Comments

Benito's picture
Benito

Troy, you are a brave man seeding the outside of your bread as a new baker.  I find that the sesame seeds really do taste a tone better on the crust because you get an amazingly toasted sesame flavour.  But, they are an extra step and I remember the first time I tried to do it I swore I wouldn’t do it again and didn’t for a year LOL.

Your shaping looks great, hard to say that you scored too deeply, but maybe just not on an angle enough.  Aim for about a 30* angle between the surface of the dough and your blade.  You did get a small ear, something it took me many many bakes to get, it is a very good start.

Benny

HeiHei29er's picture
HeiHei29er

...I can definitely relate on the seeds.  I think what added to the "challenge" was this being the first time I used a banneton.  I had no feel for how much coverage was needed to prevent sticking without flour, so I was pretty meticulous in trying to cover everything.  I was probably a little OCD there, but...  it did plop right out without a bit of sticking.  :-)

Ahhh...  another lesson learned.  I scored it with the blade perpendicular to the loaf.  Will try it at an angle next time.

Benito's picture
Benito

There are so many little ah ha moments that you’ll have over the course of your sourdough baking, it is quite incredible how much there is to learn if you want to learn it.  By the way, I’m really happy that you’ve taken to joining the CB, they really are a great learning experience.  In 2019 when I was a relative newbie there was a CB with Kristen of FullProofBaking.  In that CB I learned a lot and made a big jump in my baking.  

I really hope that other newer bakers join too, I know it can seem intimidating but it really isn’t a competition and we are all there to help one another.

Looking forward to the crumb on your bake.

Benny

HeiHei29er's picture
HeiHei29er

...very cool that the folks on TFL take their time to organize them.  It has definitely been a good learning experience.  Kind of like drinking from a fire hose right now though, but that’s a good thing!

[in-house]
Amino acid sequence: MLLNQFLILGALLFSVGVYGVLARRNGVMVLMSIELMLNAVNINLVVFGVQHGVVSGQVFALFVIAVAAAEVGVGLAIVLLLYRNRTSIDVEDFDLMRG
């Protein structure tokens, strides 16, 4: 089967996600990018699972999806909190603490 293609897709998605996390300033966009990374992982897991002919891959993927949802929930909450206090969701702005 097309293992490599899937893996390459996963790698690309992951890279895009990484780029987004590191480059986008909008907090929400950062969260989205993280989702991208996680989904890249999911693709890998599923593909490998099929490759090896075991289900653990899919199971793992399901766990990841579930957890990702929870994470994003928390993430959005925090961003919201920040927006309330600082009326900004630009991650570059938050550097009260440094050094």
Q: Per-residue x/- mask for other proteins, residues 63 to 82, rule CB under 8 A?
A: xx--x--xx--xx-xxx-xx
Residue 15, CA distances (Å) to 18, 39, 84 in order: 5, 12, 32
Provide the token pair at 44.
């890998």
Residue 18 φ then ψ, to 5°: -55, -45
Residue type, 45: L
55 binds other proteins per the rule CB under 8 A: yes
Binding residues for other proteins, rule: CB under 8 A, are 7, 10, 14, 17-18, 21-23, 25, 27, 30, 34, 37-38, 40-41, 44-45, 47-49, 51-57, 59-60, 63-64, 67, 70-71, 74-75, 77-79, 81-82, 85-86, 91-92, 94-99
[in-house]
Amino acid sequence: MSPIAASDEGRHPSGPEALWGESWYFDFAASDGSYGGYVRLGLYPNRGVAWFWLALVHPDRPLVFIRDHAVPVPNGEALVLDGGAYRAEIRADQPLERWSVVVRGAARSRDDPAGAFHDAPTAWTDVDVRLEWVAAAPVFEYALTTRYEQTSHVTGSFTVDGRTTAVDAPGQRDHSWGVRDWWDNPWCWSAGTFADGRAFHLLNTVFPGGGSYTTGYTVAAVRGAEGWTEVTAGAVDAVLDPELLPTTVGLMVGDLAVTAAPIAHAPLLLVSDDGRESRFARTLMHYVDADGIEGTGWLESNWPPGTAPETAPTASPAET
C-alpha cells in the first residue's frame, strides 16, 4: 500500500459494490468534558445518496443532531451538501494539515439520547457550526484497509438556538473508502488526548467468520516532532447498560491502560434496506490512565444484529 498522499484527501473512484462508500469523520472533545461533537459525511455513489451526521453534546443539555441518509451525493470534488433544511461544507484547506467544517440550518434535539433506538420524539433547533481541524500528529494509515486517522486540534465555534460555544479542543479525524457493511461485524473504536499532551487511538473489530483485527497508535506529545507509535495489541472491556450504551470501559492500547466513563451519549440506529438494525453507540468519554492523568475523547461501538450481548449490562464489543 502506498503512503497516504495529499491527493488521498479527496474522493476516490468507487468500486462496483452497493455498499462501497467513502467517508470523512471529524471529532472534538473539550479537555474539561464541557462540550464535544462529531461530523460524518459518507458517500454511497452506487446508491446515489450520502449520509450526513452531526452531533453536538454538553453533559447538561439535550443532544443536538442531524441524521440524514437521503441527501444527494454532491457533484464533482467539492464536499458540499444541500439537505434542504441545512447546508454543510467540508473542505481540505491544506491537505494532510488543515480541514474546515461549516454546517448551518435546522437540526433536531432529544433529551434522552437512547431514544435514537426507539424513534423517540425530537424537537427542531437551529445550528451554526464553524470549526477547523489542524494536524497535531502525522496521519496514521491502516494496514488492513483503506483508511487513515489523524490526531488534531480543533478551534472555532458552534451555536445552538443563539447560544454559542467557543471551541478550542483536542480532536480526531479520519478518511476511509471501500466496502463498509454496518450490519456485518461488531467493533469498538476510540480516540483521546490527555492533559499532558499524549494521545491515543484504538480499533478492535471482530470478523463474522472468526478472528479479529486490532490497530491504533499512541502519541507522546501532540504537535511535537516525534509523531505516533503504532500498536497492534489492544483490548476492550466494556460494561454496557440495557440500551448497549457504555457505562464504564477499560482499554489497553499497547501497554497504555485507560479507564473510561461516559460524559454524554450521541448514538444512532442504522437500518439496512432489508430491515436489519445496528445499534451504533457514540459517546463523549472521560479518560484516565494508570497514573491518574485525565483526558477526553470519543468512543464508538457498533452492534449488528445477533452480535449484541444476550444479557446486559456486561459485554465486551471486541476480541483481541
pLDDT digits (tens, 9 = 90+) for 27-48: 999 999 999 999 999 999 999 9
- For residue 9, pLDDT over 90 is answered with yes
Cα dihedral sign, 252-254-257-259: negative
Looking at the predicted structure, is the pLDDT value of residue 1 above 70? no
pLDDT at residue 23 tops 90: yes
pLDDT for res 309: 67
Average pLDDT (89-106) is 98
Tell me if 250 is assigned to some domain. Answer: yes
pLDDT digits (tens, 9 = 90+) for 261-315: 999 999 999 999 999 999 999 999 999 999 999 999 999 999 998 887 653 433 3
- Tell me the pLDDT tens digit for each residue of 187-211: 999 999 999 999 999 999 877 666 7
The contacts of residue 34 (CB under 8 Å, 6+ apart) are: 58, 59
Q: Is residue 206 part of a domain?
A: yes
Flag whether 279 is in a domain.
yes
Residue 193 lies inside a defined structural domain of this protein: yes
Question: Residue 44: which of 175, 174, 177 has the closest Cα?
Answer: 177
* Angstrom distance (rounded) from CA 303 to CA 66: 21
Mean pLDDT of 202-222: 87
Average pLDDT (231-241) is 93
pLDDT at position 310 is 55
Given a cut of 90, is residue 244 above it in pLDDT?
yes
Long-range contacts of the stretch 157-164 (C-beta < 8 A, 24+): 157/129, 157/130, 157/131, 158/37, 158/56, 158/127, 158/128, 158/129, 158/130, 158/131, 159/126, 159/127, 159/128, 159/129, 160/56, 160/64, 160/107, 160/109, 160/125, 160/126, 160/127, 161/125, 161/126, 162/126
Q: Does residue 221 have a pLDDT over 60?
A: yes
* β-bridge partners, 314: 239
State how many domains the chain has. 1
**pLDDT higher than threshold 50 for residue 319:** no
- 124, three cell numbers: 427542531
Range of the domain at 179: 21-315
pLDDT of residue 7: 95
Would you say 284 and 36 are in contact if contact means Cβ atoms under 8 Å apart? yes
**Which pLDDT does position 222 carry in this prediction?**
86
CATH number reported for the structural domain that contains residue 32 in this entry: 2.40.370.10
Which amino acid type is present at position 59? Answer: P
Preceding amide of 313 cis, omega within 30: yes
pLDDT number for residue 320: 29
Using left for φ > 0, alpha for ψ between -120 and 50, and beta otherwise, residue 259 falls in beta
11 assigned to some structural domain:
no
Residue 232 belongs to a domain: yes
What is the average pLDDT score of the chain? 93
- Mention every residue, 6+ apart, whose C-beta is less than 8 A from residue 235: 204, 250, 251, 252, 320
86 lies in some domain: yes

Crumb was what I was hoping for.  Mostly like a sandwich bread, but with some open areas.

Benito's picture
Benito

You should be super pumped about the outcome of this bake Troy.  Keep going and consolidate what you’ve learned, you’ve done really well.

Another Girl's picture
Another Girl

Looks terrific, especially with all the seeds – delicious, too! 

HeiHei29er's picture
HeiHei29er

Thank you much and don't have a verdict yet on the delicious part.  Can't decide if I want to try it as toast with my eggs for breakfast or with some spaghetti for dinner.

Maybe both...  :-)

HeiHei29er's picture
HeiHei29er

The good news:  Bread tastes great!  Made grilled cheese sandwiches with cheddar and a little hard salami for lunch.  My wife said it’s the best loaf I’ve made so far.

The bad news:  She said the sesame seeds were really good on it, so I guess I’m not getting away from putting them on again.  😁

Benito's picture
Benito

You’ll quickly become adept at it.  The last time I did it I tried a different method that work well enough.  I’ll probably keep experimenting with it, but seeded crusts are worth the trouble in my opinion.